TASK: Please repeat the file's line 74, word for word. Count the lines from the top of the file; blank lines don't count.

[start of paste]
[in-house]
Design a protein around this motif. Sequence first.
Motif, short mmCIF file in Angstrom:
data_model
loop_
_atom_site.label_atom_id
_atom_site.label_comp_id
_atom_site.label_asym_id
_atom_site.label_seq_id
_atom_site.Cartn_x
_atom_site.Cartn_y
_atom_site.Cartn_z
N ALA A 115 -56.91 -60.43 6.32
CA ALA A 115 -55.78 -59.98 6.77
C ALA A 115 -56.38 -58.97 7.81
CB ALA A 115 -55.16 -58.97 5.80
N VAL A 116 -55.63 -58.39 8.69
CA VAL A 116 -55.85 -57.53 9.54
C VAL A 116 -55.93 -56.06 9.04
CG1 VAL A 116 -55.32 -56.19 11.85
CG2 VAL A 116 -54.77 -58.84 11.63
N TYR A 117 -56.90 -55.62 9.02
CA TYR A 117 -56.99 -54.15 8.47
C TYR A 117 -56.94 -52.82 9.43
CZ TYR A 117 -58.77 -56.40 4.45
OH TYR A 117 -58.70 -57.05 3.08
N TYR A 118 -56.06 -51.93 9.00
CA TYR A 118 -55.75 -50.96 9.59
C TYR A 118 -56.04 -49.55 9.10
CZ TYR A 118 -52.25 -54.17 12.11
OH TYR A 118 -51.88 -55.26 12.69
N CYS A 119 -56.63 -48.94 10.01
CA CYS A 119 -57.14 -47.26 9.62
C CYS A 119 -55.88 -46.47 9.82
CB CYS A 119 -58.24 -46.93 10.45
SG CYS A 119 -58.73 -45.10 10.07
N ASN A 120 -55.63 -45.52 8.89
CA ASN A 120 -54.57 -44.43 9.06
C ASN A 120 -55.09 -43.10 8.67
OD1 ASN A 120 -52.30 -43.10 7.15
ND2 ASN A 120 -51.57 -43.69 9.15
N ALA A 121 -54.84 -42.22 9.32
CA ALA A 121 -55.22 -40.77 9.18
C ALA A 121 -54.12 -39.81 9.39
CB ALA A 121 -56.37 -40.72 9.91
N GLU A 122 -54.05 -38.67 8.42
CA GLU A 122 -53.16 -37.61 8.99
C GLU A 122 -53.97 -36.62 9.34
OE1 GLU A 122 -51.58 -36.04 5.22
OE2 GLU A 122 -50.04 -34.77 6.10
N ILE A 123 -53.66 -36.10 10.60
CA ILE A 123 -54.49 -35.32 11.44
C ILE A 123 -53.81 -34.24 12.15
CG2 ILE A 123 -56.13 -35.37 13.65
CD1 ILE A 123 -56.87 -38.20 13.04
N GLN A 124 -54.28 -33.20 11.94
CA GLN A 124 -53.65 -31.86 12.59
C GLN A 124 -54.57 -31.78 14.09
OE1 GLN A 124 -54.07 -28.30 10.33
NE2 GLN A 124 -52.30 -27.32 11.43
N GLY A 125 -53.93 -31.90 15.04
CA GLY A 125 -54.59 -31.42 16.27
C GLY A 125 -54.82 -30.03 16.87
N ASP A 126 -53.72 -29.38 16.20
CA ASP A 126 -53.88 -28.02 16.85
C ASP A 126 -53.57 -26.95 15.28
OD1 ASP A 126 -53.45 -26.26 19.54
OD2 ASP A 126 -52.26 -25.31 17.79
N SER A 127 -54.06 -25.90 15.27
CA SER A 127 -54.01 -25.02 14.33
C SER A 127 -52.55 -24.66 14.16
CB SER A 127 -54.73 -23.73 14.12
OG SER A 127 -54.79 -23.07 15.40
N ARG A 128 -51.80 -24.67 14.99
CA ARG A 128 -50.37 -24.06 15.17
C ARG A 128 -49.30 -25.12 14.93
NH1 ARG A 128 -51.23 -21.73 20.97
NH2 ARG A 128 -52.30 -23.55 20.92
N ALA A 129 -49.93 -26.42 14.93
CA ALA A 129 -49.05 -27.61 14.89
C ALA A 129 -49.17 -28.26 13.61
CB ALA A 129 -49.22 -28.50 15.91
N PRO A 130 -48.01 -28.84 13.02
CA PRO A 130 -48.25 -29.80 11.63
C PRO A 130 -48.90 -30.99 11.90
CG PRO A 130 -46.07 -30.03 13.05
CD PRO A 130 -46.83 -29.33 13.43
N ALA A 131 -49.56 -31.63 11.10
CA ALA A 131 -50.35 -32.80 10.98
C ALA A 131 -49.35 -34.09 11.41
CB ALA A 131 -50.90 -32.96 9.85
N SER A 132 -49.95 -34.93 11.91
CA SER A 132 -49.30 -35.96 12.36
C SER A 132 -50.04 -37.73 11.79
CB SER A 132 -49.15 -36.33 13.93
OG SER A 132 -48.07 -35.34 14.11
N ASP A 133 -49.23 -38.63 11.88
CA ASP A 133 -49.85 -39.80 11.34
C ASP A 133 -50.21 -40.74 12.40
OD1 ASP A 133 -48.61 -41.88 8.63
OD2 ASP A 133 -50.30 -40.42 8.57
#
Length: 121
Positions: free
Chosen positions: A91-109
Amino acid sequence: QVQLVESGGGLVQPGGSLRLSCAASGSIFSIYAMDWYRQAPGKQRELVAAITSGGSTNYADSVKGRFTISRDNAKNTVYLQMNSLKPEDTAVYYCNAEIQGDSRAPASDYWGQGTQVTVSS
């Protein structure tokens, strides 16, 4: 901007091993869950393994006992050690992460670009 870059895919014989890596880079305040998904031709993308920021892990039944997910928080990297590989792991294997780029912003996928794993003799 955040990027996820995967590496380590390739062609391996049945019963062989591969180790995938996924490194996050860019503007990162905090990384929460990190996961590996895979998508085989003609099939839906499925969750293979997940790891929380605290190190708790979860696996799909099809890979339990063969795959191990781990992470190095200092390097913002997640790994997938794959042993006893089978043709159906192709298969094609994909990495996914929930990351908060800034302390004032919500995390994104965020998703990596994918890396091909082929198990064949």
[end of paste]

N ARG A 128 -51.80 -24.67 14.99